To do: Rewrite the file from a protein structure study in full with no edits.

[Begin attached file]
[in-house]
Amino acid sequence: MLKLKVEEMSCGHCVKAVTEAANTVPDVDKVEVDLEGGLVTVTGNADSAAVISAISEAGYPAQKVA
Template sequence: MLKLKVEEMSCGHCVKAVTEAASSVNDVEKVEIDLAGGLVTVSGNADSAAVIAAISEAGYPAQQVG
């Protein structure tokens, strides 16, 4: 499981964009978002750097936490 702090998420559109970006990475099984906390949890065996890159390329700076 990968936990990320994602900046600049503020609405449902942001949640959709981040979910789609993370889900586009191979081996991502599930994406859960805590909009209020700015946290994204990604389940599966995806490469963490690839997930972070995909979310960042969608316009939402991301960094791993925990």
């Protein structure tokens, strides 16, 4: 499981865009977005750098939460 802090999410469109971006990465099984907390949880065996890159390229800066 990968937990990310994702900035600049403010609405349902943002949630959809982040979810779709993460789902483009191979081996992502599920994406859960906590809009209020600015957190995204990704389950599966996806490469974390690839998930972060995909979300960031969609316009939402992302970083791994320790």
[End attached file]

[in-house]
Amino acid sequence: MLKLKVEEMSCGHCVKAVTEAANTVPDVDKVEVDLEGGLVTVTGNADSAAVISAISEAGYPAQKVA
Template sequence: MLKLKVEEMSCGHCVKAVTEAASSVNDVEKVEIDLAGGLVTVSGNADSAAVIAAISEAGYPAQQVG
């Protein structure tokens, strides 16, 4: 499981964009978002750097936490 702090998420559109970006990475099984906390949890065996890159390329700076 990968936990990320994602900046600049503020609405449902942001949640959709981040979910789609993370889900586009191979081996991502599930994406859960805590909009209020700015946290994204990604389940599966995806490469963490690839997930972070995909979310960042969608316009939402991301960094791993925990």
């Protein structure tokens, strides 16, 4: 499981865009977005750098939460 802090999410469109971006990465099984907390949880065996890159390229800066 990968937990990310994702900035600049403010609405349902943002949630959809982040979810779709993460789902483009191979081996992502599920994406859960906590809009209020600015957190995204990704389950599966996806490469974390690839998930972060995909979300960031969609316009939402992302970083791994320790």